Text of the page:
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Man’s Best Friend – On Land and At Sea

Original Parson's Terrier, TrumpHello, Eileen here. Dog people are familiar with the long history of dogs as not only companions, but as workers, trained to herd and hunt amongst other things. As a marine scientist, dog owner and history buff (especially English Tudor and Renaissance), a recent news story caught my eye and I couldn’t resist sharing it. Researchers working on the Mary Rose, a 16th century English warship made a surprising discovery on the sunken vessel – the almost-intact skeleton of the ship’s dog.

A Valued Member of the King’s Navy

The Mary Rose was at one time the pride of the English navy, the flagship of King Henry VIII (the one usually pictured with a turkey leg in hand and whose marital issues made the rhyme “Divorced, Beheaded, Died, Divorced, Beheaded, Survived” as common to historians as any normal nursery rhyme). The ship served in the king’s navy for over thirty years before sinking during a battle in 1545. Since then, people have attempted to recover the wreckage almost before the river silt was settled around it. It was lost and rediscovered several times through out history before finally being recovered and brought Swimming Portugese Water Dogabove water again for the first time in 1982. Since then, it has been a virtual time capsule of English naval life.

Remains of sailors have been found on the Mary Rose before now, but the ship’s dog was the first of its kind. It has been nicknamed “Hatch” by the researchers, since it was found in the hatch (the nautical term for a doorway) to the carpenter’s cabin. During the time when the Mary Rose was sailing on the sea instead of under it, cats were considered bad luck aboard a ship. Small dogs like Hatch would have been kept on board to control the rat populations on the ship (as well as probably as companions to the sailors, we can imagine). Rats, as you can imagine, on a ship could be mean big problems for the crew. Raiders of food rations and vectors of disease, the pests could be controlled with a small dog, bred to seek and kill the rodents. Researchers say that Hatch, a female terrier-like dog about 2 years old, was apparently doing her job well – they only found a few partial rat skeletons on the wreckage with her.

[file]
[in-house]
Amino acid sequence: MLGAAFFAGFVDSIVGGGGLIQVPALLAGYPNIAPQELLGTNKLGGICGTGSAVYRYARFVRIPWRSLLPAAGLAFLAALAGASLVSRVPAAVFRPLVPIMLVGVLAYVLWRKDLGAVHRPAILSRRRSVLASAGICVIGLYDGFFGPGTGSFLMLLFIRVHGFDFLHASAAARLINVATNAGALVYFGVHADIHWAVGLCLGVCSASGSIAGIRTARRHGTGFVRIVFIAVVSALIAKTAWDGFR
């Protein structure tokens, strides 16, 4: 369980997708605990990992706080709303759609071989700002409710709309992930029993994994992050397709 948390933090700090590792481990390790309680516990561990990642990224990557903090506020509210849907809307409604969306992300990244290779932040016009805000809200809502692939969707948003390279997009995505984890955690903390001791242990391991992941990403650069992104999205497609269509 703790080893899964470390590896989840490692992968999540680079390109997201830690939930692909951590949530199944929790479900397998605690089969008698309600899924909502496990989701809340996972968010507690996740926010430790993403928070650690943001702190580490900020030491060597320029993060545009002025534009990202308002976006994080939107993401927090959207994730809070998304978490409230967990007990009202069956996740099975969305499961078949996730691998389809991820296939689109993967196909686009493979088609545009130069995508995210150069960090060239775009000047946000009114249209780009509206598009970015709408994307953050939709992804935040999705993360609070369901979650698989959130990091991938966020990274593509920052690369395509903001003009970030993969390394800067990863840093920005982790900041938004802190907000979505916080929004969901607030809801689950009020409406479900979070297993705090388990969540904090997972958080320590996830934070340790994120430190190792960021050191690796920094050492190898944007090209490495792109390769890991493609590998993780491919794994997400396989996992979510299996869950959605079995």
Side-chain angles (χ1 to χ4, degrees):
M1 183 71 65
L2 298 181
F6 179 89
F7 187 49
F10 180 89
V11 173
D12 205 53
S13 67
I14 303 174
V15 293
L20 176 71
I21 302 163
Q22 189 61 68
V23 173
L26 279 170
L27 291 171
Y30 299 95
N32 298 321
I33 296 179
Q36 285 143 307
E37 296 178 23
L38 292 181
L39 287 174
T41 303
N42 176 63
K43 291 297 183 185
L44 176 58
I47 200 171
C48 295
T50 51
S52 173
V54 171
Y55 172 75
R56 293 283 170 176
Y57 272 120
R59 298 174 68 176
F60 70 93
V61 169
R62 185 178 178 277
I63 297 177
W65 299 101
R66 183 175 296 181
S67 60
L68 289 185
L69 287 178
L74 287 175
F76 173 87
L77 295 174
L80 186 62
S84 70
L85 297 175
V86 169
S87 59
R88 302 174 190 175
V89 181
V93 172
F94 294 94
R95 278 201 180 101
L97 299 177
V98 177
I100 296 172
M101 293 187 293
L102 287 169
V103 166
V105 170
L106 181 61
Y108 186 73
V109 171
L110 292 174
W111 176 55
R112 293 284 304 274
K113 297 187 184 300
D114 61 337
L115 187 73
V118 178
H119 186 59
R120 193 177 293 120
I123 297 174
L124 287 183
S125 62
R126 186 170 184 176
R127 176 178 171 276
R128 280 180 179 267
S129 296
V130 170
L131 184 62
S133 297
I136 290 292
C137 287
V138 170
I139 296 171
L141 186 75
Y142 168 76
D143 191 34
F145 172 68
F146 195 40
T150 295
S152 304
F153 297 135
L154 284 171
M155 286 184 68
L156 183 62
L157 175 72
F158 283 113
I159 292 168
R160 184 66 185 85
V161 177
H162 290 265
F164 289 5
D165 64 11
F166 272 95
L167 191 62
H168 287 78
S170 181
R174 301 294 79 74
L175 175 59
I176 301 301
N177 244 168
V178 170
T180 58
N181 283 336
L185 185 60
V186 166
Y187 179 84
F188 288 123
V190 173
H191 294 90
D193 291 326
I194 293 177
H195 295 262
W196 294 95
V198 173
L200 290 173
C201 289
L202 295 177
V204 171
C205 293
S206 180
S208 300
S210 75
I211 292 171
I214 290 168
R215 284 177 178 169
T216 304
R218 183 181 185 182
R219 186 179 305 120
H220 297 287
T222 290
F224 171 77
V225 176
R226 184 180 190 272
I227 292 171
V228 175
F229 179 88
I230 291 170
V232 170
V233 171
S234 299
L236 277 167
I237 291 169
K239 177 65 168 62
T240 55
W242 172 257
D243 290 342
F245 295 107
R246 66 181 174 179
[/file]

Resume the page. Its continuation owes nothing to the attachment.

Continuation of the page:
Salty Sea Dogs of a Different Breed

Other dogs have a long history on the sea as well. History gives mention to dogs similar to today’s Portugese Water Dog or Standard Poodle that were bred for their abilities to swim and dive. They were valued not only for their companionship, but for their ability herd fish into nets and to retrieve lost nets and hooks and other gear for fishermen. The dogs were also prized by naval ships that would take advantage of their swimming skills using the dogs as message courier between ships and from ship to shore.

The now extinct breed, the St. John’s Water Dog of New Foundland, and its decendent the New Foundland which is a popular breed today both have working roots in the sea. Both breeds were popular with fishermen for their strong swimming abilities and love of water. These dogs were also used to retrieve loose fishing gear. The “Newfie” also has a reputation as a loyal lifeguard. They are often used as lifeguards and in search and rescue missions on and near the water. One in particular, called Bob, was credited with saving more than 20 lives in the 1830’s by pulling people to shore who had fallen into the Thames. He was awarded a gold medal by the Royal Humane League for his valor.  

Even today it is not uncommon to see dogs aboard naval and coast guard ships as mascots, though companionship and morale maintenance may be thier main occupation these days!

I have a female cocker spaniel puppy around Hatch’s age, and I can imagine my Duchess getting into mischief aboard a ship. Its amazing the connections we can find with those from another time and place with discoveries like these!

Swimming Portugese Water Dogs image referenced from wikipedia and originally posted by Challkhmc 

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  1. Pingback: U.S. History Notes and Reviews from the Beginning- 1877

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